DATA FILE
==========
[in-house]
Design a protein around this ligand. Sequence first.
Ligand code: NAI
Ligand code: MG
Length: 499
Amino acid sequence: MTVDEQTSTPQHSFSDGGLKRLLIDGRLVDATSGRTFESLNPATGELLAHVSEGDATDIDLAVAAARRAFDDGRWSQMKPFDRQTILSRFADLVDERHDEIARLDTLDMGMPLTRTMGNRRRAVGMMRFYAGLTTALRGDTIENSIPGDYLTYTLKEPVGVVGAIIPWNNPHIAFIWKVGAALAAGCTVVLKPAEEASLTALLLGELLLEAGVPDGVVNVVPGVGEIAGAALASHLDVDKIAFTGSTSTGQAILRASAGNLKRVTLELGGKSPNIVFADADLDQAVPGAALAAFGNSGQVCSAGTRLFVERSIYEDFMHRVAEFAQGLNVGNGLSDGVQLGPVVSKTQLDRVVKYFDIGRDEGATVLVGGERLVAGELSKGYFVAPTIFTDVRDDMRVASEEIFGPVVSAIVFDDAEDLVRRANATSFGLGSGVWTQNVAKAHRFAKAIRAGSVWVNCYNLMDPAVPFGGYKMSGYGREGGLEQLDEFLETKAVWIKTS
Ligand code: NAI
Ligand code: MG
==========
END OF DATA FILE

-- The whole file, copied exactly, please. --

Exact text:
[in-house]
Design a protein around this ligand. Sequence first.
Ligand code: NAI
Ligand code: MG
Length: 499
Amino acid sequence: MTVDEQTSTPQHSFSDGGLKRLLIDGRLVDATSGRTFESLNPATGELLAHVSEGDATDIDLAVAAARRAFDDGRWSQMKPFDRQTILSRFADLVDERHDEIARLDTLDMGMPLTRTMGNRRRAVGMMRFYAGLTTALRGDTIENSIPGDYLTYTLKEPVGVVGAIIPWNNPHIAFIWKVGAALAAGCTVVLKPAEEASLTALLLGELLLEAGVPDGVVNVVPGVGEIAGAALASHLDVDKIAFTGSTSTGQAILRASAGNLKRVTLELGGKSPNIVFADADLDQAVPGAALAAFGNSGQVCSAGTRLFVERSIYEDFMHRVAEFAQGLNVGNGLSDGVQLGPVVSKTQLDRVVKYFDIGRDEGATVLVGGERLVAGELSKGYFVAPTIFTDVRDDMRVASEEIFGPVVSAIVFDDAEDLVRRANATSFGLGSGVWTQNVAKAHRFAKAIRAGSVWVNCYNLMDPAVPFGGYKMSGYGREGGLEQLDEFLETKAVWIKTS
Ligand code: NAI
Ligand code: MG